Did You Know?
by Ken Carr
DID YOU KNOW...
...in early 1905, NCR was experiencing a growing problem of employee absenteeism and tardiness. Through the Suggestion System, an employee recommended that a large paper thermometer be placed in each department. On one side going up the thermometer would be listed the names of those employees who were absent. As this list grew day after day, a black line would rise out of the bulb of the thermometer to show the department performance. The other side of the thermometer would contain the names of the employees who were tardy. A red line would rise out of the thermometer as the names were added day after day. How affective was the thermometer? Within a few weeks the absenteeism and tardiness had been cut by over 50%. Then, as today, public embarrassment does tend to change behavior.
NCR once had a company tree. It was called the Patterson Elm. The tree marked the northern boundary of the Patterson farm and therefore stood on the NCR complex. It was a true Dayton landmark having witnessed the local Indian history, the arrival of pioneers, the emergence of the city of Dayton, and the rise of one of the community’s greatest assesses, the National Cash Register Company. The Patterson Elm, diseased for a while, was finally removed in 1921, one year before the death of its namesake J. H. Patterson. An American elm, from the Hills and Dales woods was transplanted in its place. How long the new tree stood in the place of honor is not known.
No doubt if you worked at NCR in Dayton or visited the campus, you were aware of the tunnel system running from building to building connecting the basement of each building with the basement of the next. There were nine main tunnels spanning nearly one half mile in length. The average tunnel was 8 feet high and 8 feet wide. The electric trucks which were purchased for movement of materials outside the buildings and that were such a labor saver were just too large to be efficiently used in the tunnels. First of a number of problems, they could not pass in the narrow portions of the tunnels and second, the material being moved through the tunnels didn’t require such large capacity. We are all familiar with the small electric trucks which ultimately darted and sped throughout the tunnel system. However, do you know that those carts were not purchased, they were made by NCR? Mr. H. B. Scott, an NCR Efficiency Engineer had seen small electric scooters in a downtown Dayton parade and began to wonder if he could use the same large electric truck principles and scale it down to a smaller size. So was born the “baby electric truck. “ The trucks were first assembled circa 1920 in the General Machine Department and delivered to the Transportation Department for use in the buildings and the tunnels. The trucks looked a lot like a child’s wagon with no handle. They were initially a flat wooden bed about 3 feet by 4 feet with about 10 inch hard rubber tires over solid steel wheels. The driving mechanism projected straight upward through a 2 inch metal pipe which was located at the rear of the truck. Attached to the top of the pipe, running perpendicular to the pipe, and parallel to the back of the truck, was the long straight rod used to steer. The driver stool on a platform at the rear of the truck and used a foot escalator for speed control. . As time passed, the usefulness of the little trucks expanded to include the movement of mail, tool delivery, assembly work, finished products, maintenance supplies, machine repair equipment and to just move employees from place to place. As the uses increased so did the modifications to the trucks to meet those needs. For instance the mail trucks were modified with a cabinet of mail drawers and some were modified to add sides to the flat bed. These little trucks were in service right up to the end of manufacturing at the Dayton campus.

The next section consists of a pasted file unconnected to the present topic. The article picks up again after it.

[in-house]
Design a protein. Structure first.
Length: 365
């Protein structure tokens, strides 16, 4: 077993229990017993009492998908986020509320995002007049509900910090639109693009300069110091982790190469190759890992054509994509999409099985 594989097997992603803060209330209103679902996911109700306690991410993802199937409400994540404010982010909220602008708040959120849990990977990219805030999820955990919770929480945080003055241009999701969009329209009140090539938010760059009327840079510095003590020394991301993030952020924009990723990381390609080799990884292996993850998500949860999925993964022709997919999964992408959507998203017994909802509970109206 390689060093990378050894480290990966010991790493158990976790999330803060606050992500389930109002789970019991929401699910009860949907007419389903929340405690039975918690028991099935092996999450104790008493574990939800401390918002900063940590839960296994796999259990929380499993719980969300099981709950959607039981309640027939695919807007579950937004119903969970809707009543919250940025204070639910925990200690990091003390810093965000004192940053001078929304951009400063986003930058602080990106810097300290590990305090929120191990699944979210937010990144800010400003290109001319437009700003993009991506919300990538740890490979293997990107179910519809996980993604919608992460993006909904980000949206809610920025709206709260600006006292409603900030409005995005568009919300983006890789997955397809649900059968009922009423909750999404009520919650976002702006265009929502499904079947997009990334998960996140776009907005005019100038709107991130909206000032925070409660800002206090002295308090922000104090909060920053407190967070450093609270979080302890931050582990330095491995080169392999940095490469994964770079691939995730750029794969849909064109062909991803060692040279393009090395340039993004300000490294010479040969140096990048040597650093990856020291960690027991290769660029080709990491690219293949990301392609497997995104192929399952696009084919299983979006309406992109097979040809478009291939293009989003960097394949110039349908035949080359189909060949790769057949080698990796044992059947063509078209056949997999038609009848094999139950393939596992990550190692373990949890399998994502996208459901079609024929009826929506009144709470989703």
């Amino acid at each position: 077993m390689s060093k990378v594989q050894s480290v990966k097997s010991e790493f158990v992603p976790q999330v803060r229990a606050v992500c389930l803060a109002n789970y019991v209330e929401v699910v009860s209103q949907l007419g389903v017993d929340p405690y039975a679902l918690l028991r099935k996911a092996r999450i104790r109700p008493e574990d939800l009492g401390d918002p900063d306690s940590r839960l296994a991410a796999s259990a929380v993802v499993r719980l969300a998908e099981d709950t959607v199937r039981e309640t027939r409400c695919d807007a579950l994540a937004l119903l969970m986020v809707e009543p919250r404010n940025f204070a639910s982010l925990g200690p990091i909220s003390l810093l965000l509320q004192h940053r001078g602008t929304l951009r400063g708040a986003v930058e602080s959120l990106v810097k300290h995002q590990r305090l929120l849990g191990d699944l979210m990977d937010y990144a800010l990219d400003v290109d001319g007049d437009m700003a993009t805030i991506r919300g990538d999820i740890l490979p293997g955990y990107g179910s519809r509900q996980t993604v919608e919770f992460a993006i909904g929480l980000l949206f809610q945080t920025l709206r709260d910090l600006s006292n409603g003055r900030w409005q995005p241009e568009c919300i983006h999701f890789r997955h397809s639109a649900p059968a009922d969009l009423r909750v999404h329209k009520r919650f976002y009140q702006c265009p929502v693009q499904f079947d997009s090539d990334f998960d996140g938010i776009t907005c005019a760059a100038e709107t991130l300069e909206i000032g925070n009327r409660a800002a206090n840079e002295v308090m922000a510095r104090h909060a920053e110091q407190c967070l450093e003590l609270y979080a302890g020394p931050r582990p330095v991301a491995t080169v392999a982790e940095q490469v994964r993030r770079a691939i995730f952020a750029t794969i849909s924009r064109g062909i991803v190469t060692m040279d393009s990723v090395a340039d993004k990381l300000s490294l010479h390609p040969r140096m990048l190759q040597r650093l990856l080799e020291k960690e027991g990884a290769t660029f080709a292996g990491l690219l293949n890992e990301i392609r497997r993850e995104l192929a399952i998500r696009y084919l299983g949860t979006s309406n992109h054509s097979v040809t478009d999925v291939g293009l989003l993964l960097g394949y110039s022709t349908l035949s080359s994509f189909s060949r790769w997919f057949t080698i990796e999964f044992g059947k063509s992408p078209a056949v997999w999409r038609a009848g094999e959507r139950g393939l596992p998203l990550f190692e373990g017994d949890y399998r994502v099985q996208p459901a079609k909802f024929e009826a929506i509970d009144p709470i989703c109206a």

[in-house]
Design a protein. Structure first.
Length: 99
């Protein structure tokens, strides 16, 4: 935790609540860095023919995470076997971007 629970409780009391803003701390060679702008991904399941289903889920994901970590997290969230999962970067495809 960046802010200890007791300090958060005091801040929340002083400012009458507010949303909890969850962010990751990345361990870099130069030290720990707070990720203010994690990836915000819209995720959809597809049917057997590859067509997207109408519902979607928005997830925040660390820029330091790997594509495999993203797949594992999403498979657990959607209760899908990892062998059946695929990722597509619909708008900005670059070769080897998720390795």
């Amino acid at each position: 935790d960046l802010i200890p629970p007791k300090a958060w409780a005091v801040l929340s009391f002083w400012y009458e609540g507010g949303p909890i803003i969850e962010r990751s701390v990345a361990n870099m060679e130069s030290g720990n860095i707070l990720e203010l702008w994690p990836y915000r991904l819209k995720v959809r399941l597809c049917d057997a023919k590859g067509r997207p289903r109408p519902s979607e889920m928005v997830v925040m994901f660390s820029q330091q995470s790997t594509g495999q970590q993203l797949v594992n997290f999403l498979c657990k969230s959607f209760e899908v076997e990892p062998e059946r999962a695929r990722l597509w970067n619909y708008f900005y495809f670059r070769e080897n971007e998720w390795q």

How many of you have had to dodge these little Sprites as they came up quietly behind you in the tunnels?
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